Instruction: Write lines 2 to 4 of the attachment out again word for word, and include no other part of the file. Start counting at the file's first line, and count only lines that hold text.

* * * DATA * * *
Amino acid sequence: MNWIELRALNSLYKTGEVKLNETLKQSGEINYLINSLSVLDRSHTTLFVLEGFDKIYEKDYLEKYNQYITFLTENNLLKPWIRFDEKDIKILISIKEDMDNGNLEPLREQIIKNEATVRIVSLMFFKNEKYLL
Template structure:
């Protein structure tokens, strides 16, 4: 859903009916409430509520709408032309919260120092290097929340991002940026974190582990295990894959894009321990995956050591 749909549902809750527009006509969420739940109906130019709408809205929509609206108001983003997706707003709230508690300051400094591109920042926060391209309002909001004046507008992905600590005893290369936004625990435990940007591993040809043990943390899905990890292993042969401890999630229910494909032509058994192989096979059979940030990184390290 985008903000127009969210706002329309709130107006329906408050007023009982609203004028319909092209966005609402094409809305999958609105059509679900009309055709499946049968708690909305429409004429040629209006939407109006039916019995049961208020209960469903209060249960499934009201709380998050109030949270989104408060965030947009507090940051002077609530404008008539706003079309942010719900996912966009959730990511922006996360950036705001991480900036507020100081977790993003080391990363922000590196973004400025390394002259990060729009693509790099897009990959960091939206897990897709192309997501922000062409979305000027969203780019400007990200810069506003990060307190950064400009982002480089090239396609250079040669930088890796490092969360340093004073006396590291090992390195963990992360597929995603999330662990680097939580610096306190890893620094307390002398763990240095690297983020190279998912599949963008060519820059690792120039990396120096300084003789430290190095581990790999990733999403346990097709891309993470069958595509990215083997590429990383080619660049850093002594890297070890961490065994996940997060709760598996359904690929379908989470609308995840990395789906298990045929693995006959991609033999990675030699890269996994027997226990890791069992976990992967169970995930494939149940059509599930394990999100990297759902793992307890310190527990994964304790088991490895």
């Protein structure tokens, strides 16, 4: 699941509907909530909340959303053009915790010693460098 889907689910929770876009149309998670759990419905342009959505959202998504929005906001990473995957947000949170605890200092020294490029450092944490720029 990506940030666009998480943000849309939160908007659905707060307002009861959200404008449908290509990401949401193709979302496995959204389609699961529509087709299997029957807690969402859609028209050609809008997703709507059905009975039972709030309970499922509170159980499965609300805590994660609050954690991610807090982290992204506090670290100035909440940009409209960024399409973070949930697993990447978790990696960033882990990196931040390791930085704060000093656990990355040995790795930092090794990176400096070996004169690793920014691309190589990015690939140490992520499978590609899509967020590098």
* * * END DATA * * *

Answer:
Template structure:
């Protein structure tokens, strides 16, 4: 859903009916409430509520709408032309919260120092290097929340991002940026974190582990295990894959894009321990995956050591 749909549902809750527009006509969420739940109906130019709408809205929509609206108001983003997706707003709230508690300051400094591109920042926060391209309002909001004046507008992905600590005893290369936004625990435990940007591993040809043990943390899905990890292993042969401890999630229910494909032509058994192989096979059979940030990184390290 985008903000127009969210706002329309709130107006329906408050007023009982609203004028319909092209966005609402094409809305999958609105059509679900009309055709499946049968708690909305429409004429040629209006939407109006039916019995049961208020209960469903209060249960499934009201709380998050109030949270989104408060965030947009507090940051002077609530404008008539706003079309942010719900996912966009959730990511922006996360950036705001991480900036507020100081977790993003080391990363922000590196973004400025390394002259990060729009693509790099897009990959960091939206897990897709192309997501922000062409979305000027969203780019400007990200810069506003990060307190950064400009982002480089090239396609250079040669930088890796490092969360340093004073006396590291090992390195963990992360597929995603999330662990680097939580610096306190890893620094307390002398763990240095690297983020190279998912599949963008060519820059690792120039990396120096300084003789430290190095581990790999990733999403346990097709891309993470069958595509990215083997590429990383080619660049850093002594890297070890961490065994996940997060709760598996359904690929379908989470609308995840990395789906298990045929693995006959991609033999990675030699890269996994027997226990890791069992976990992967169970995930494939149940059509599930394990999100990297759902793992307890310190527990994964304790088991490895």
């Protein structure tokens, strides 16, 4: 699941509907909530909340959303053009915790010693460098 889907689910929770876009149309998670759990419905342009959505959202998504929005906001990473995957947000949170605890200092020294490029450092944490720029 990506940030666009998480943000849309939160908007659905707060307002009861959200404008449908290509990401949401193709979302496995959204389609699961529509087709299997029957807690969402859609028209050609809008997703709507059905009975039972709030309970499922509170159980499965609300805590994660609050954690991610807090982290992204506090670290100035909440940009409209960024399409973070949930697993990447978790990696960033882990990196931040390791930085704060000093656990990355040995790795930092090794990176400096070996004169690793920014691309190589990015690939140490992520499978590609899509967020590098």